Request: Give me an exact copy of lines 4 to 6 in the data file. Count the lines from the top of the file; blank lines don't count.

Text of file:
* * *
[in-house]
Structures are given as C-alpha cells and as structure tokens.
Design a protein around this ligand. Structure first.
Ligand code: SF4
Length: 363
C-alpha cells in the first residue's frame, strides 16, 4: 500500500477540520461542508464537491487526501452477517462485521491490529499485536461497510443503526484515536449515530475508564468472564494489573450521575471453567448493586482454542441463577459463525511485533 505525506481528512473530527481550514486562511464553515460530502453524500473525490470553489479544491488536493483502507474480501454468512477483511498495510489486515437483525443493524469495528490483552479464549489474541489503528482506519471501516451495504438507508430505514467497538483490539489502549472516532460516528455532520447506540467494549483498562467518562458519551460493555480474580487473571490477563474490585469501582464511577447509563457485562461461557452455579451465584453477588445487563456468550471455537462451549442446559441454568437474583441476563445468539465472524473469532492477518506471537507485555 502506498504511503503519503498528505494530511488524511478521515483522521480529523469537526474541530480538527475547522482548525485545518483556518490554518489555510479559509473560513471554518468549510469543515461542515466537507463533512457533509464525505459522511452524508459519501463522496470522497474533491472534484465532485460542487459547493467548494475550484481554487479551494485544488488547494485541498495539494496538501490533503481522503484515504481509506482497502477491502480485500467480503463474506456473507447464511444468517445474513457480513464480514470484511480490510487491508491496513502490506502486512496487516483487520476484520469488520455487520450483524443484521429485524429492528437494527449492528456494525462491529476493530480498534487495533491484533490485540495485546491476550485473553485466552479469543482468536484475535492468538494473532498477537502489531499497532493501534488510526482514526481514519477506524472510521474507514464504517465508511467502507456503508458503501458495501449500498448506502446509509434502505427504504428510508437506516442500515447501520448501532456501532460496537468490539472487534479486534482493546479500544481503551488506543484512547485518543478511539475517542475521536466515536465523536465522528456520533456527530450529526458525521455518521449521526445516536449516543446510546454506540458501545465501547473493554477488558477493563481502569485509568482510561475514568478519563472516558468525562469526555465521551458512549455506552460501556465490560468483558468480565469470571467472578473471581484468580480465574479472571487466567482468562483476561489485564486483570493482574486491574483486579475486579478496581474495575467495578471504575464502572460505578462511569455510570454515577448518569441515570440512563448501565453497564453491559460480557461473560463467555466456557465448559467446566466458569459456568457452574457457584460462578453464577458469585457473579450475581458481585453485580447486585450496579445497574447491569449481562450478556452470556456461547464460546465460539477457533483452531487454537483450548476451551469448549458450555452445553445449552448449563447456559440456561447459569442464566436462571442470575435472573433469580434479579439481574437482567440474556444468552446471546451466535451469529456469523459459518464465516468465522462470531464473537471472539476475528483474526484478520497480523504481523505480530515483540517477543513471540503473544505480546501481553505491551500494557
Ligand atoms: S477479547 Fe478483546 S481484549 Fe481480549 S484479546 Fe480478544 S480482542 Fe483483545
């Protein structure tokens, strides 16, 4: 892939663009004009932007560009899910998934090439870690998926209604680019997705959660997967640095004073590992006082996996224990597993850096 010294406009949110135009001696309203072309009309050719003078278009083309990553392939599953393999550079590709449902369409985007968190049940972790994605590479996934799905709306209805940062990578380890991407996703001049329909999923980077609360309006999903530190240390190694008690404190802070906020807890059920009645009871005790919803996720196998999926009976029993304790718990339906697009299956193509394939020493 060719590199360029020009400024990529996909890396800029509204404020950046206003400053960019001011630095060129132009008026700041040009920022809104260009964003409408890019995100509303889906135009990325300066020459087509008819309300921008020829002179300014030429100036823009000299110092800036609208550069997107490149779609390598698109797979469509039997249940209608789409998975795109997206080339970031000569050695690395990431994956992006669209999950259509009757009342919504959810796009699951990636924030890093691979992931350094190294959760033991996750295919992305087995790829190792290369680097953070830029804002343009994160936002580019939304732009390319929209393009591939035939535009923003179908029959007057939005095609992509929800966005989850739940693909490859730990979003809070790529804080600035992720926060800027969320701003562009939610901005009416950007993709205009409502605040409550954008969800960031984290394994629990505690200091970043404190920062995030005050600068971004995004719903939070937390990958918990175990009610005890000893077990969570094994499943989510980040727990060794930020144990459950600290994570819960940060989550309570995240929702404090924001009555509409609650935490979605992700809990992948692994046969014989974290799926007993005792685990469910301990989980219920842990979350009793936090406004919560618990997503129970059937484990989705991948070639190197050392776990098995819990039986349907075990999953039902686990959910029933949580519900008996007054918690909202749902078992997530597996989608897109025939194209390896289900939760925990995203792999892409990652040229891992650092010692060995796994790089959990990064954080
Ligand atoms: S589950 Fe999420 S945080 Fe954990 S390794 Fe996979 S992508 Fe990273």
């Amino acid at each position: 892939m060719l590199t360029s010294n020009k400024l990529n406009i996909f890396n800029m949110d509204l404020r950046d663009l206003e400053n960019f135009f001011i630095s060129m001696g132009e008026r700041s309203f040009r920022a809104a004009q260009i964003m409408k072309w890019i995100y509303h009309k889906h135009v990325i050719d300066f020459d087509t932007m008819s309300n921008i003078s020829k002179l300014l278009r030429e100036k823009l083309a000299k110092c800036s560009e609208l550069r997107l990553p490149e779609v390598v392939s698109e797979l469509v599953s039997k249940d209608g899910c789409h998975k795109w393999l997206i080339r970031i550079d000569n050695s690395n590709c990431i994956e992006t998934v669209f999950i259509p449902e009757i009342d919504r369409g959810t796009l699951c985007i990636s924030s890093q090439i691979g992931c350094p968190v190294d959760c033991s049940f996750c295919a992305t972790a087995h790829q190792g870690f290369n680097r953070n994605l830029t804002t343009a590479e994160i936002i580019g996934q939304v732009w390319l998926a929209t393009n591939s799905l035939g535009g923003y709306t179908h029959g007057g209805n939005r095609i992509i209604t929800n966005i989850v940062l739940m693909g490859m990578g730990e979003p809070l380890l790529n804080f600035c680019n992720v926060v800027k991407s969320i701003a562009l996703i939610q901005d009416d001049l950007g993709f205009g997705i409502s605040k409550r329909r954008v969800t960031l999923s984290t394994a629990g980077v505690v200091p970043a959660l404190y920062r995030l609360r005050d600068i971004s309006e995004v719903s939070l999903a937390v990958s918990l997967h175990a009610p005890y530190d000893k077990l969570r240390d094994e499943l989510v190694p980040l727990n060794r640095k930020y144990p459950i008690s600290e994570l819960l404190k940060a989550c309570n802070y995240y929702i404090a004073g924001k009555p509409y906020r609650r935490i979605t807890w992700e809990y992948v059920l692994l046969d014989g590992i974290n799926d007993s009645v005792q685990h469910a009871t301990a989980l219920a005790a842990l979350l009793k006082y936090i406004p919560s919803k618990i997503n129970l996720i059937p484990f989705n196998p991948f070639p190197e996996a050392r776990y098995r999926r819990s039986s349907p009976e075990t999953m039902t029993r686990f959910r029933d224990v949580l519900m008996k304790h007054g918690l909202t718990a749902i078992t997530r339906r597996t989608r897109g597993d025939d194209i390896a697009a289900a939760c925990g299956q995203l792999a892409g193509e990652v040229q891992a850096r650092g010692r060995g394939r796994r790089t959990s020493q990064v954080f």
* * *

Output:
Ligand code: SF4
Length: 363
C-alpha cells in the first residue's frame, strides 16, 4: 500500500477540520461542508464537491487526501452477517462485521491490529499485536461497510443503526484515536449515530475508564468472564494489573450521575471453567448493586482454542441463577459463525511485533 505525506481528512473530527481550514486562511464553515460530502453524500473525490470553489479544491488536493483502507474480501454468512477483511498495510489486515437483525443493524469495528490483552479464549489474541489503528482506519471501516451495504438507508430505514467497538483490539489502549472516532460516528455532520447506540467494549483498562467518562458519551460493555480474580487473571490477563474490585469501582464511577447509563457485562461461557452455579451465584453477588445487563456468550471455537462451549442446559441454568437474583441476563445468539465472524473469532492477518506471537507485555 502506498504511503503519503498528505494530511488524511478521515483522521480529523469537526474541530480538527475547522482548525485545518483556518490554518489555510479559509473560513471554518468549510469543515461542515466537507463533512457533509464525505459522511452524508459519501463522496470522497474533491472534484465532485460542487459547493467548494475550484481554487479551494485544488488547494485541498495539494496538501490533503481522503484515504481509506482497502477491502480485500467480503463474506456473507447464511444468517445474513457480513464480514470484511480490510487491508491496513502490506502486512496487516483487520476484520469488520455487520450483524443484521429485524429492528437494527449492528456494525462491529476493530480498534487495533491484533490485540495485546491476550485473553485466552479469543482468536484475535492468538494473532498477537502489531499497532493501534488510526482514526481514519477506524472510521474507514464504517465508511467502507456503508458503501458495501449500498448506502446509509434502505427504504428510508437506516442500515447501520448501532456501532460496537468490539472487534479486534482493546479500544481503551488506543484512547485518543478511539475517542475521536466515536465523536465522528456520533456527530450529526458525521455518521449521526445516536449516543446510546454506540458501545465501547473493554477488558477493563481502569485509568482510561475514568478519563472516558468525562469526555465521551458512549455506552460501556465490560468483558468480565469470571467472578473471581484468580480465574479472571487466567482468562483476561489485564486483570493482574486491574483486579475486579478496581474495575467495578471504575464502572460505578462511569455510570454515577448518569441515570440512563448501565453497564453491559460480557461473560463467555466456557465448559467446566466458569459456568457452574457457584460462578453464577458469585457473579450475581458481585453485580447486585450496579445497574447491569449481562450478556452470556456461547464460546465460539477457533483452531487454537483450548476451551469448549458450555452445553445449552448449563447456559440456561447459569442464566436462571442470575435472573433469580434479579439481574437482567440474556444468552446471546451466535451469529456469523459459518464465516468465522462470531464473537471472539476475528483474526484478520497480523504481523505480530515483540517477543513471540503473544505480546501481553505491551500494557